Savannah Morning News
May 15, 2002
By Kevin Conner
Eatonton -- Members of the United Nuwaubian Nation of Moors spent much of Mother's Day handing out literature alleging a government conspiracy in last week's police raid at the group's compound in rural Putnam County.
Last Wednesday, police arrested the group's leader, Dwight York -- also known as Malachi York -- and his companion, Kathy Johnson, on charges of sexual exploitation of minors. York and Johnson are accused of transporting minors from out of state to Georgia for sexual purposes.
The arrests came just prior to a raid on the Shady Dale Road compound, which features two pyramids, a sphinx and other Egyptian-style construction.
The sect has Athens ties, with construction of a Nuwaubian bookstore still ongoing on West Broad Street. People were seen working on the faux-Moorish structure Sunday. York also owns a $525,000 home on Mansfield Court that was searched by federal authorities Wednesday.
In a search of York's Athens home off Timothy Road, federal agents found some $128,000 in cash, Putnam County Sheriff Howard Sills told the Atlanta Journal-Constitution.
Nuwaubians were spread throughout Eatonton on Sunday, handing out the flyers at places like Sumpter and Oconee streets, the Ingles shopping center on Georgia Highway 16 and a shopping center near downtown that has a Family Dollar, Food Max and CVS Pharmacy.
"We don't give interviews," said a Nuwaubian man dressed in black and handing out flyers at the corner of Sumpter and Oconee streets. Several other Nuwaubians at various locations also refused interviews.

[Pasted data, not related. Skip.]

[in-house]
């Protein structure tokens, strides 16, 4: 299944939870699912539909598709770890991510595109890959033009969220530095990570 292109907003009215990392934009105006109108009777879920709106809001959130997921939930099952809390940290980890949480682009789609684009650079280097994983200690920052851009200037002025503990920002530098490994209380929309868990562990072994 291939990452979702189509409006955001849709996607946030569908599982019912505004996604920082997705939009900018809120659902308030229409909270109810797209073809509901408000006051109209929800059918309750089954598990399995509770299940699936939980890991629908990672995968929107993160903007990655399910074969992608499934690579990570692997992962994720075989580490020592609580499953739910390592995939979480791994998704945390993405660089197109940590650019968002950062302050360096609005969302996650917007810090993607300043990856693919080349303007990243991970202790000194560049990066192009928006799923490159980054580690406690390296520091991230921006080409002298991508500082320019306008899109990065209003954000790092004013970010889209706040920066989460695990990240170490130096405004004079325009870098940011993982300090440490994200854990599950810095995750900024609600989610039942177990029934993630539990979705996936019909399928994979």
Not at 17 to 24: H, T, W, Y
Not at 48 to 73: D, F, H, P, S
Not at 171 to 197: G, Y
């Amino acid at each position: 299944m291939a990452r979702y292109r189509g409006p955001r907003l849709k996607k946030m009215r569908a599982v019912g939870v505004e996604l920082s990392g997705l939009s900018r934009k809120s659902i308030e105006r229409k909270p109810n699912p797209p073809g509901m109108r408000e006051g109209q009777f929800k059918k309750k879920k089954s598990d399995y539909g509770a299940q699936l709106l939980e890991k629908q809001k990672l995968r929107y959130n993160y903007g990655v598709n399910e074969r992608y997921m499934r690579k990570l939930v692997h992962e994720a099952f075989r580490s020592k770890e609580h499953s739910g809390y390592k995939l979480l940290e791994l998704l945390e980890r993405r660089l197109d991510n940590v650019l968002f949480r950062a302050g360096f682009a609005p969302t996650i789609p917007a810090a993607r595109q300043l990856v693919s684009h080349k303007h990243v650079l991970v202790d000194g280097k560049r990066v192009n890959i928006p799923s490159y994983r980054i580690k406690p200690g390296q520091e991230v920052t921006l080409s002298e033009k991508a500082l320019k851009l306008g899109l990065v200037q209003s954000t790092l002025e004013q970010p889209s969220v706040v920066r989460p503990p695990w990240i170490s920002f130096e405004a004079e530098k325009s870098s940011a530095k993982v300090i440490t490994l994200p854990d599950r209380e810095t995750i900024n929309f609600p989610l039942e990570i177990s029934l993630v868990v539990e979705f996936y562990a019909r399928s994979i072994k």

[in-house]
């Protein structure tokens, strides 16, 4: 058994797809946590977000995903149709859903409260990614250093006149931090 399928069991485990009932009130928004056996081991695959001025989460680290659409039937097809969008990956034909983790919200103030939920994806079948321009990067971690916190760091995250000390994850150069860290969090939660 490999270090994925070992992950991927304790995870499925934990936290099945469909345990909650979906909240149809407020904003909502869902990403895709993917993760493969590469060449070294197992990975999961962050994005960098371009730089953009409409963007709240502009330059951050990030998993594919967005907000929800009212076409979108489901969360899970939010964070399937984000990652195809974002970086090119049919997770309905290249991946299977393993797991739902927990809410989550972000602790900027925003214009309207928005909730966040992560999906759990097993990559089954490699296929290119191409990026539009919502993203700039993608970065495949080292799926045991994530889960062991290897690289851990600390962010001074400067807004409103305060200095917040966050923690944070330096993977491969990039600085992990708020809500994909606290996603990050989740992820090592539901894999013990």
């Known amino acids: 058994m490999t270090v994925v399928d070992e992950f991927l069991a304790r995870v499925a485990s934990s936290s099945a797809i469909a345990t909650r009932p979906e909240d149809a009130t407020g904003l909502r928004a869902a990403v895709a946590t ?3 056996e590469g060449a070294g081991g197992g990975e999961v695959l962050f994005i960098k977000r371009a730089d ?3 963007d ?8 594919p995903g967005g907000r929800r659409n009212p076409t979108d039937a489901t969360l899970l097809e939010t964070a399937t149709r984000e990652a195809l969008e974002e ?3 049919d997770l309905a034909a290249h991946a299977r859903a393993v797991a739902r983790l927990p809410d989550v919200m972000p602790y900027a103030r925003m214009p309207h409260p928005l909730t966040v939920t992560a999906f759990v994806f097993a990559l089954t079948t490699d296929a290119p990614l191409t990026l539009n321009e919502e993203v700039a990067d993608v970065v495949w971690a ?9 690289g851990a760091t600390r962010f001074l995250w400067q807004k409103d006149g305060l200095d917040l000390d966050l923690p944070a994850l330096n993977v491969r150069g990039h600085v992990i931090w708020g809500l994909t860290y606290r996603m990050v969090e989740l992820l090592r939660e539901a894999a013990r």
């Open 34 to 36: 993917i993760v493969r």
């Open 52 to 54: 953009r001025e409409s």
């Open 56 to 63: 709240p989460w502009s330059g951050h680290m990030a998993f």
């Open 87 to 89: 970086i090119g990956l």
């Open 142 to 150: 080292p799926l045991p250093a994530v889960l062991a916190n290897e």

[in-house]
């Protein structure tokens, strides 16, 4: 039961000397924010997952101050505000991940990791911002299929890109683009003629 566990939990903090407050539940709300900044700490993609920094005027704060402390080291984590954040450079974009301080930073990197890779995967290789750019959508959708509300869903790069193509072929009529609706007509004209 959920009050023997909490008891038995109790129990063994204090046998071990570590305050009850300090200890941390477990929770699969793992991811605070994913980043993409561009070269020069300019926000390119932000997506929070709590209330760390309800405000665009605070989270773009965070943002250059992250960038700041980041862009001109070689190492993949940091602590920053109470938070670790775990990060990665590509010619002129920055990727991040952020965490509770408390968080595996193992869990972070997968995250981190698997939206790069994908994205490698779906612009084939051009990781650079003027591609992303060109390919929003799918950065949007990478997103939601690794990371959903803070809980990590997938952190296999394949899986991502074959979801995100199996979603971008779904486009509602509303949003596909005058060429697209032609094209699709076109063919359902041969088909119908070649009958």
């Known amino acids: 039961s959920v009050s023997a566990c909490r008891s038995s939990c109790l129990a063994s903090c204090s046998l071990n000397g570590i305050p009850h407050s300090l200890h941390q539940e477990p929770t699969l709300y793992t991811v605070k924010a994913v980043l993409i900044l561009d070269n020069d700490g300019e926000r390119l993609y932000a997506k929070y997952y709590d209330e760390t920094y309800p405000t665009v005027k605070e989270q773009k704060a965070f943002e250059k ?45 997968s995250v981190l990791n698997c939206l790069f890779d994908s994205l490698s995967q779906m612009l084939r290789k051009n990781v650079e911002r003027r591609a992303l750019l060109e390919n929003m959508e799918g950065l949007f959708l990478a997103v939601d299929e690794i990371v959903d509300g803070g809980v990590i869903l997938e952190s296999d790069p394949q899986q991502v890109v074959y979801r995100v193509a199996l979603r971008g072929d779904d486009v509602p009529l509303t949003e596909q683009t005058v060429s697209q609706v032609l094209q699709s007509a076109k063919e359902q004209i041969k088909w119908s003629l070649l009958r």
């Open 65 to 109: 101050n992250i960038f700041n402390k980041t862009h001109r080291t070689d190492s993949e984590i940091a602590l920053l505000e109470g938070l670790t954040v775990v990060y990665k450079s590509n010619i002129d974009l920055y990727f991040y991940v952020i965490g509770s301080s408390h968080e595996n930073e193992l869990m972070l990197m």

The flyer likened the raid tactics used by federal agents and the Putnam County Sheriff's Department to the 1993 police raid on the Branch Davidian complex in Waco, Texas.
The flyer alleged the FBI and sheriff's department had entered the village to gather testimonial evidence against York and Johnson and held village residents "hostage" through the afternoon and night. The flyer -- no author was mentioned -- stressed that Nuwaubians are peaceful and shouldn't have been subjected to the large-scale raid.
"Everyone was told that they were not in trouble, and that they were not under arrest, even though each individual's right to travel and leave as they pleased was impeded," the flyer read, in part.
Sheriff's officials have said that about 200 law enforcement officers, including federal agents, had surrounded the village, but haven't disclosed what evidence or materials have been taken. About 80 to 100 people were at the village at the time of the raid, the sheriff's department has said.
Since moving from New York to Putnam County in 1993, members of the group have clashed with local officials, mostly over zoning issues regarding the structures at the compound.
Joe Griner, an Eatonton resident of five years who was shopping in the town Sunday, said he wasn't surprised at the arrests and raid at the compound, given the group's history of run-ins with local law enforcement.
"It didn't surprise me a bit," he said. "Them and the law have battled quite a bit over the last few years. They've made national news several times."
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